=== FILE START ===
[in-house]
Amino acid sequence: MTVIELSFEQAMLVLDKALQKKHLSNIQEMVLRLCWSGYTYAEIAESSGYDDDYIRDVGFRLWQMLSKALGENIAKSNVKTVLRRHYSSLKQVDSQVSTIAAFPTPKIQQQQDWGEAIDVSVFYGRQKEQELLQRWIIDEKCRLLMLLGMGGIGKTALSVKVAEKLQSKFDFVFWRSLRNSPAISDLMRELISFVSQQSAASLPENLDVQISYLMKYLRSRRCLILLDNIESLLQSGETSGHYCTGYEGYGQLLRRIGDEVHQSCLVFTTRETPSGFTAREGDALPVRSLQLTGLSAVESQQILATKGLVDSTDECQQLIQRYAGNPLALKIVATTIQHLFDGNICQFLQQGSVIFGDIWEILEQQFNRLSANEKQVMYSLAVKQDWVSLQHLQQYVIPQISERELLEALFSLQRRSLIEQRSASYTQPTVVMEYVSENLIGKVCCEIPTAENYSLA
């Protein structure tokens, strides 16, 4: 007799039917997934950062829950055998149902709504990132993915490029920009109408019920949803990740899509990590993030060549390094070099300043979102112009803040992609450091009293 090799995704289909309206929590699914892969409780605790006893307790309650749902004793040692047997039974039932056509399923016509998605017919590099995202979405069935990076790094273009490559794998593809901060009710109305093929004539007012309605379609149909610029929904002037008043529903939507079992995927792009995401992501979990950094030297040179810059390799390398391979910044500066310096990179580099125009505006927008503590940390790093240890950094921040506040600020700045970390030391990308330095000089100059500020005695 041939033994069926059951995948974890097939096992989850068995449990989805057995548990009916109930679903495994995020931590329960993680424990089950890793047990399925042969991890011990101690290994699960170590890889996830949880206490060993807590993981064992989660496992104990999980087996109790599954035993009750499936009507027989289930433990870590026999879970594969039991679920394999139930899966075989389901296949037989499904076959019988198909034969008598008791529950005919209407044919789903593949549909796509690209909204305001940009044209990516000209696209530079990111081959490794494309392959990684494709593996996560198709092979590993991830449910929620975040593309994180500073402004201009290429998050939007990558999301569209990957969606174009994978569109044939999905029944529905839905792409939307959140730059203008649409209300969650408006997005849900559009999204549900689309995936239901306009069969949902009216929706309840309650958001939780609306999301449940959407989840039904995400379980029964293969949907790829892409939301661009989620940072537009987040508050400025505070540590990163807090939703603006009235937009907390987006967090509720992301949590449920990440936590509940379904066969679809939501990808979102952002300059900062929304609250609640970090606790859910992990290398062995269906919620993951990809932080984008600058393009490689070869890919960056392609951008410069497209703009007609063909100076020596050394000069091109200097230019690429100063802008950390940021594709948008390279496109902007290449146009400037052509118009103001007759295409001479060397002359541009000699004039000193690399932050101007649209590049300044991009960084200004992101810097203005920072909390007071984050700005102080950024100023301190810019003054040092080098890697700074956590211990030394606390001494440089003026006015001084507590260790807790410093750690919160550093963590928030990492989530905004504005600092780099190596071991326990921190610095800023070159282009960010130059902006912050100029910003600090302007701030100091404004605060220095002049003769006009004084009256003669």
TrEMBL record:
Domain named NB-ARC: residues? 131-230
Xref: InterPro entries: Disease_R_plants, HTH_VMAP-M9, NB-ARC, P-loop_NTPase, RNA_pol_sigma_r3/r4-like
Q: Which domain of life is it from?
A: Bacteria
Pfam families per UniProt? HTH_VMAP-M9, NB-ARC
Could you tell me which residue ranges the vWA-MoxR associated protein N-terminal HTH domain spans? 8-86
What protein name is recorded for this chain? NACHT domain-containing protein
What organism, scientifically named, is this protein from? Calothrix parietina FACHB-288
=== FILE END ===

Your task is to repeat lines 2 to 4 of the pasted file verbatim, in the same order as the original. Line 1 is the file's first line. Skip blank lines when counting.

Amino acid sequence: MTVIELSFEQAMLVLDKALQKKHLSNIQEMVLRLCWSGYTYAEIAESSGYDDDYIRDVGFRLWQMLSKALGENIAKSNVKTVLRRHYSSLKQVDSQVSTIAAFPTPKIQQQQDWGEAIDVSVFYGRQKEQELLQRWIIDEKCRLLMLLGMGGIGKTALSVKVAEKLQSKFDFVFWRSLRNSPAISDLMRELISFVSQQSAASLPENLDVQISYLMKYLRSRRCLILLDNIESLLQSGETSGHYCTGYEGYGQLLRRIGDEVHQSCLVFTTRETPSGFTAREGDALPVRSLQLTGLSAVESQQILATKGLVDSTDECQQLIQRYAGNPLALKIVATTIQHLFDGNICQFLQQGSVIFGDIWEILEQQFNRLSANEKQVMYSLAVKQDWVSLQHLQQYVIPQISERELLEALFSLQRRSLIEQRSASYTQPTVVMEYVSENLIGKVCCEIPTAENYSLA
């Protein structure tokens, strides 16, 4: 007799039917997934950062829950055998149902709504990132993915490029920009109408019920949803990740899509990590993030060549390094070099300043979102112009803040992609450091009293 090799995704289909309206929590699914892969409780605790006893307790309650749902004793040692047997039974039932056509399923016509998605017919590099995202979405069935990076790094273009490559794998593809901060009710109305093929004539007012309605379609149909610029929904002037008043529903939507079992995927792009995401992501979990950094030297040179810059390799390398391979910044500066310096990179580099125009505006927008503590940390790093240890950094921040506040600020700045970390030391990308330095000089100059500020005695 041939033994069926059951995948974890097939096992989850068995449990989805057995548990009916109930679903495994995020931590329960993680424990089950890793047990399925042969991890011990101690290994699960170590890889996830949880206490060993807590993981064992989660496992104990999980087996109790599954035993009750499936009507027989289930433990870590026999879970594969039991679920394999139930899966075989389901296949037989499904076959019988198909034969008598008791529950005919209407044919789903593949549909796509690209909204305001940009044209990516000209696209530079990111081959490794494309392959990684494709593996996560198709092979590993991830449910929620975040593309994180500073402004201009290429998050939007990558999301569209990957969606174009994978569109044939999905029944529905839905792409939307959140730059203008649409209300969650408006997005849900559009999204549900689309995936239901306009069969949902009216929706309840309650958001939780609306999301449940959407989840039904995400379980029964293969949907790829892409939301661009989620940072537009987040508050400025505070540590990163807090939703603006009235937009907390987006967090509720992301949590449920990440936590509940379904066969679809939501990808979102952002300059900062929304609250609640970090606790859910992990290398062995269906919620993951990809932080984008600058393009490689070869890919960056392609951008410069497209703009007609063909100076020596050394000069091109200097230019690429100063802008950390940021594709948008390279496109902007290449146009400037052509118009103001007759295409001479060397002359541009000699004039000193690399932050101007649209590049300044991009960084200004992101810097203005920072909390007071984050700005102080950024100023301190810019003054040092080098890697700074956590211990030394606390001494440089003026006015001084507590260790807790410093750690919160550093963590928030990492989530905004504005600092780099190596071991326990921190610095800023070159282009960010130059902006912050100029910003600090302007701030100091404004605060220095002049003769006009004084009256003669």
TrEMBL record: